Local clerks pleased with passage of elections bill

Mar. 31—County clerks from the Owensboro region were largely supportive of the elections bill that cleared the General Assembly on Monday night.

The bill makes permanent election changes that were adopted out of necessity last year due to the COVID-19 pandemic. For example, House Bill 574 allows counties to regularly use voting centers rather than precincts, allows for some early voting and continues the state "portal" to request absentee ballots.

The bill also continues the use of ballot drop boxes for absentee ballots. The bill also contains provisions for removing voters from voter rolls, such as when a voter has moved out of state.

The bill next goes to Gov. Andy Beshear.

Daviess County Clerk Leslie McCarty said Tuesday that the bill gives clerks a plan to follow. In 2020, clerks had to come up with their own ideas for how they would run their elections and submit them to the state Board of Elections for approval.

"We, as clerks, had a lot of frustration because there wasn't a plan in place," McCarty said.

"Information about COVID would change and we had to change our plans," she said.

The bill "took all of the best things about the election of 2020" and made them permanent, she said.

"It allows early voting, voting centers if we want them, increased security and reduced workload (for clerk's offices) from the portal."

Hancock County Clerk Trina Ogle said early voting, voting centers and the absentee ballot portal made voting easier during last year's election.

Hancock County had three voting centers in November, which worked well.

"We had plenty of room, plenty of parking" and facilities accessible to people with disabilities, she said.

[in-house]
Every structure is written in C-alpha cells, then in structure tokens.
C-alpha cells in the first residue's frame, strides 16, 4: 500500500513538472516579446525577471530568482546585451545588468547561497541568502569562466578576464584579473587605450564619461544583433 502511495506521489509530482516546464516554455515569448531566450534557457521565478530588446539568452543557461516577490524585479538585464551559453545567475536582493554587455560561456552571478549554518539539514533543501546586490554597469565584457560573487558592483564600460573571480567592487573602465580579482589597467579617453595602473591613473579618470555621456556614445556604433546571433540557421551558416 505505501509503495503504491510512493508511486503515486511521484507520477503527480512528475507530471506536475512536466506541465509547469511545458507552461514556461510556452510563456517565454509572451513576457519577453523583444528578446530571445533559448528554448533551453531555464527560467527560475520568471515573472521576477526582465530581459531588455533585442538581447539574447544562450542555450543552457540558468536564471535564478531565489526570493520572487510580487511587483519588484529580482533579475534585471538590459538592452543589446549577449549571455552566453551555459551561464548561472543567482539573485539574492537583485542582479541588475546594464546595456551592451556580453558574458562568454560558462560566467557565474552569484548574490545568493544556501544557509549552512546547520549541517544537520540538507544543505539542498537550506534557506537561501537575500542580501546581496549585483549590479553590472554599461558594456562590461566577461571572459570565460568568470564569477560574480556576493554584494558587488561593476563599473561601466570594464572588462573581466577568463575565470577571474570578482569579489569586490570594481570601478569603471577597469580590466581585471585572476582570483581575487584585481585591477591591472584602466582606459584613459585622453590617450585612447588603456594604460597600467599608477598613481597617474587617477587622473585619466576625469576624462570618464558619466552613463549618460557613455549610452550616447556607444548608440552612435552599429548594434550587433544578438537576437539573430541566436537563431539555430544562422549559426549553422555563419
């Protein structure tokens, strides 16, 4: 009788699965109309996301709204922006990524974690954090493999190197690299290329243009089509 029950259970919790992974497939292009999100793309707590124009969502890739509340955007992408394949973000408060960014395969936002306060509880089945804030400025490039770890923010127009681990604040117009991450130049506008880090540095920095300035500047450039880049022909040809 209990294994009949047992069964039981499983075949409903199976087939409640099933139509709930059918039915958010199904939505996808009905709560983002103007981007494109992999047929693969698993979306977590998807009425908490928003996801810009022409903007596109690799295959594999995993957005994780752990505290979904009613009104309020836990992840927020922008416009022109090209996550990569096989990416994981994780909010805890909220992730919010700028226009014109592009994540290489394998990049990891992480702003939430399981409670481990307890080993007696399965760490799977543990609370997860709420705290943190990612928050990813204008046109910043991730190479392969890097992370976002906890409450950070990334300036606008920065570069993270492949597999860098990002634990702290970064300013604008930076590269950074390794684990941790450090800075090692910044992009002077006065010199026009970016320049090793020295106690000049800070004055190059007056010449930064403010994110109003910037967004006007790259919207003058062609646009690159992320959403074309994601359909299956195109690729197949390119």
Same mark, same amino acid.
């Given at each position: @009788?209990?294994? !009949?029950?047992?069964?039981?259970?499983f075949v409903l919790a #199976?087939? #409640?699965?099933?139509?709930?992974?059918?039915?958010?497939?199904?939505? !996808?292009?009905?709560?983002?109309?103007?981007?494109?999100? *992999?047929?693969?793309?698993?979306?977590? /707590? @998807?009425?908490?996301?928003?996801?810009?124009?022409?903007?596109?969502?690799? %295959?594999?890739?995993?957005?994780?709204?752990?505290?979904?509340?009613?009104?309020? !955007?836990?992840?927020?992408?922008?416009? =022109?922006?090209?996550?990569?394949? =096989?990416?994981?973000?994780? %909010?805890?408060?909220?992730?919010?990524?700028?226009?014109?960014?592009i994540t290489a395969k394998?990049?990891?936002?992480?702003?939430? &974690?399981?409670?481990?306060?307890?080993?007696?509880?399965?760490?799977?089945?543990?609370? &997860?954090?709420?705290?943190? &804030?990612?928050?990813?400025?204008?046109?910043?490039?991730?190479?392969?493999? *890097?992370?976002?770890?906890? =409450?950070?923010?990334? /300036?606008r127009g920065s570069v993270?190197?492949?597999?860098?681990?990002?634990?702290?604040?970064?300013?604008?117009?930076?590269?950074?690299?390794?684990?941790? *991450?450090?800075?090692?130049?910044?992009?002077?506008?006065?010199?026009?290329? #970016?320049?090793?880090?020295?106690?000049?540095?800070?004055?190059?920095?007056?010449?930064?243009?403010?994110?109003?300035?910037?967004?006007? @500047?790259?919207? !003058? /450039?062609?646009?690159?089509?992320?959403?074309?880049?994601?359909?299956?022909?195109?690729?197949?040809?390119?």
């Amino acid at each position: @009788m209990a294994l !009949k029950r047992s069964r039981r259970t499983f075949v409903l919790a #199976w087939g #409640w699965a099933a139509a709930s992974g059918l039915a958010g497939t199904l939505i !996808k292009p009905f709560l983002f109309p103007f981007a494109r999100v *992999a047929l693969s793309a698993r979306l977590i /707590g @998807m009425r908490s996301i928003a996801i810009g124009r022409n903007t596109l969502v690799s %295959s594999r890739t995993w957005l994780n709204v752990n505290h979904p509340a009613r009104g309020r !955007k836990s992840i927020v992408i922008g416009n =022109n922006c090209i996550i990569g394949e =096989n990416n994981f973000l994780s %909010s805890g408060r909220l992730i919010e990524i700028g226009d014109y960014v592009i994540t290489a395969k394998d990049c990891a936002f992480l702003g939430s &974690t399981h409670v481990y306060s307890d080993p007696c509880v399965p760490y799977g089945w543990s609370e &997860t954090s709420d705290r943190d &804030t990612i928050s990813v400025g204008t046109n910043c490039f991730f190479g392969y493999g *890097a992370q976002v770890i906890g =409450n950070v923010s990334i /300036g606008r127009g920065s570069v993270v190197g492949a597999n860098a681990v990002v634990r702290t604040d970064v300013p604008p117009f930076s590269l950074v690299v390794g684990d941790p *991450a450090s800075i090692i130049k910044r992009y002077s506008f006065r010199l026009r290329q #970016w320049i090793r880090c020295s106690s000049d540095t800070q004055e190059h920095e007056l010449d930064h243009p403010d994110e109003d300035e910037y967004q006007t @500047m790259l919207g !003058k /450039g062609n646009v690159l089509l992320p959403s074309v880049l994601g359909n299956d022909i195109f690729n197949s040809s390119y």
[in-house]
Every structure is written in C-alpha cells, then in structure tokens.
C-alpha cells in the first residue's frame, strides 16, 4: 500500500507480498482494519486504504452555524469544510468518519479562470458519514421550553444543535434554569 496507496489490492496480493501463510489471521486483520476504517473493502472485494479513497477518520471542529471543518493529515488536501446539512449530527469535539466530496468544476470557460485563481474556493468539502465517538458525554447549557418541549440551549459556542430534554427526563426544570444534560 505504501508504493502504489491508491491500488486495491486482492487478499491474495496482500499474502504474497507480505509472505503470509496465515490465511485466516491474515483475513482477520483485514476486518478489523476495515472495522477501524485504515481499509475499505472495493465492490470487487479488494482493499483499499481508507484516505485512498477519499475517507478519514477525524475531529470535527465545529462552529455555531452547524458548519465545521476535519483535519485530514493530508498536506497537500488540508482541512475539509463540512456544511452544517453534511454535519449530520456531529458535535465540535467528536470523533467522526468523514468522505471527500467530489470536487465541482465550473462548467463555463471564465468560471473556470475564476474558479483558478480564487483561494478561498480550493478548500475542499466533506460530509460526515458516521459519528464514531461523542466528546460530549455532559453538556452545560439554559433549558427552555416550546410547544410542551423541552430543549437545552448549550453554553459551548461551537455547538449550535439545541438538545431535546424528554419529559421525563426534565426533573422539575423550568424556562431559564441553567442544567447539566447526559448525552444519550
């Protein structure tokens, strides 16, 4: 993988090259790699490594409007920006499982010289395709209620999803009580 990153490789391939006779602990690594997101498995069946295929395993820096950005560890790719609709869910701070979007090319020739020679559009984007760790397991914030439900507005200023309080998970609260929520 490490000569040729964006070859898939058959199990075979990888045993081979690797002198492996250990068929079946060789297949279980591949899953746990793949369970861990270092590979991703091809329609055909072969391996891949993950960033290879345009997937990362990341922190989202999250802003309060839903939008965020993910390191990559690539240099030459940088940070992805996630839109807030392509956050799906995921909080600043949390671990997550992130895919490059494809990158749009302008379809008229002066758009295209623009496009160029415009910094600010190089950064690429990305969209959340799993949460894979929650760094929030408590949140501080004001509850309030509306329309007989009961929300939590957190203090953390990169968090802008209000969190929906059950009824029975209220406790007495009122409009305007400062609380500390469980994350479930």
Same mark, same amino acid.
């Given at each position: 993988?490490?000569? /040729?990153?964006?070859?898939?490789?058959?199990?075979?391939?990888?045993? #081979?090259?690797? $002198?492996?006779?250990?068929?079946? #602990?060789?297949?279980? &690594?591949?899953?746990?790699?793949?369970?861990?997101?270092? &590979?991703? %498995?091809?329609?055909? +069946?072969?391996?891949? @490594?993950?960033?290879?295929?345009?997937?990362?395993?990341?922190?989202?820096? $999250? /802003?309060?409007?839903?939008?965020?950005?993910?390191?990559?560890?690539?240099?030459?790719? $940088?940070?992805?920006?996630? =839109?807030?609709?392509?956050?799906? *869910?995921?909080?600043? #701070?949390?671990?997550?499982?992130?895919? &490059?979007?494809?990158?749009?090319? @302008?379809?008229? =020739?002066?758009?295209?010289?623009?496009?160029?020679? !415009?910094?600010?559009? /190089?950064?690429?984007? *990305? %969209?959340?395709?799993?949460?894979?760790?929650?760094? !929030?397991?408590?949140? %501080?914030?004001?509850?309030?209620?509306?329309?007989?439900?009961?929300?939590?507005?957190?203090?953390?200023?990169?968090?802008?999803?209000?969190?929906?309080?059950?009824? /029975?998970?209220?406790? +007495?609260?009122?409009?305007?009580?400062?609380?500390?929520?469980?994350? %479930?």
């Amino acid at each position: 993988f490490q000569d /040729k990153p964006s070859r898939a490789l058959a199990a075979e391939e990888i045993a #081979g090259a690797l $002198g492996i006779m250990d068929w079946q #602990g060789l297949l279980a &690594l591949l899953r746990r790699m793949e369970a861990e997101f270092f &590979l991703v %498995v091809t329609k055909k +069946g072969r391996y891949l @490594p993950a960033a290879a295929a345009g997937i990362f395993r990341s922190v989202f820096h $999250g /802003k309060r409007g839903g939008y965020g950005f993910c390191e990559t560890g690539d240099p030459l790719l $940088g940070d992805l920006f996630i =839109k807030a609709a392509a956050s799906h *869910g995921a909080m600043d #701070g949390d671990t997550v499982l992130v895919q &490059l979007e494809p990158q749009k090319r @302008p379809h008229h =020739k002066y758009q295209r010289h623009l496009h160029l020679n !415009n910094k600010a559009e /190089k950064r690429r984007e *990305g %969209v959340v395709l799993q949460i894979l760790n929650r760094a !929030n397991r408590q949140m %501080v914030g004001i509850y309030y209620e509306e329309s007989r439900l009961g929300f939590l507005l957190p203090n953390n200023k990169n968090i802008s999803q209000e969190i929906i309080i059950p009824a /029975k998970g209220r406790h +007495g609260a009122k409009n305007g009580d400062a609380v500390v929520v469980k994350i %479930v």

The bill allows early voting on the Thursday, Friday and Saturday before election day.

"I would have liked it to have been a little longer," Ogle said. "We were able to move a lot of people in and out with early voting.

"Three days is still not an ideal solution with swing shift workers," she said.

McCarty said she would like to see early voting for four or five days before the election.

The county would use voting centers in a future election, but perhaps not as many as the six Daviess County used in November, she said.

"I think a lot of that is based on availability" of locations.

McLean County Clerk Carol Eaton said the bill "allows more people to vote and vote easier" and she liked that it allows for early voting. Three days of early voting was the right amount, she said.

"I don't think (early voting) should be a major strain on the clerk's office," Eaton said. "It costs money, and it's tiring.

"If (people) want to vote, people make time for what they want to do," she said. "If you truly want to vote, you're going to do it."

McLean County only used one voting center in November because every county was required to have at least one, Eaton said. McLean County has eight voter precincts.

"To me, the voting centers are more of an advantage for larger counties," Eaton said. "Here, most people can get to the precincts."

McCarty said the bill "gives us guidance."

"It's the opposite of the Hail Mary we were doing last year," McCarty said.

James Mayse, 270-691-7303, jmayse@messenger-inquirer.com, Twitter: @JamesMayse

James Mayse, 270-691-7303, jmayse@messenger-inquirer.com, Twitter: @JamesMayse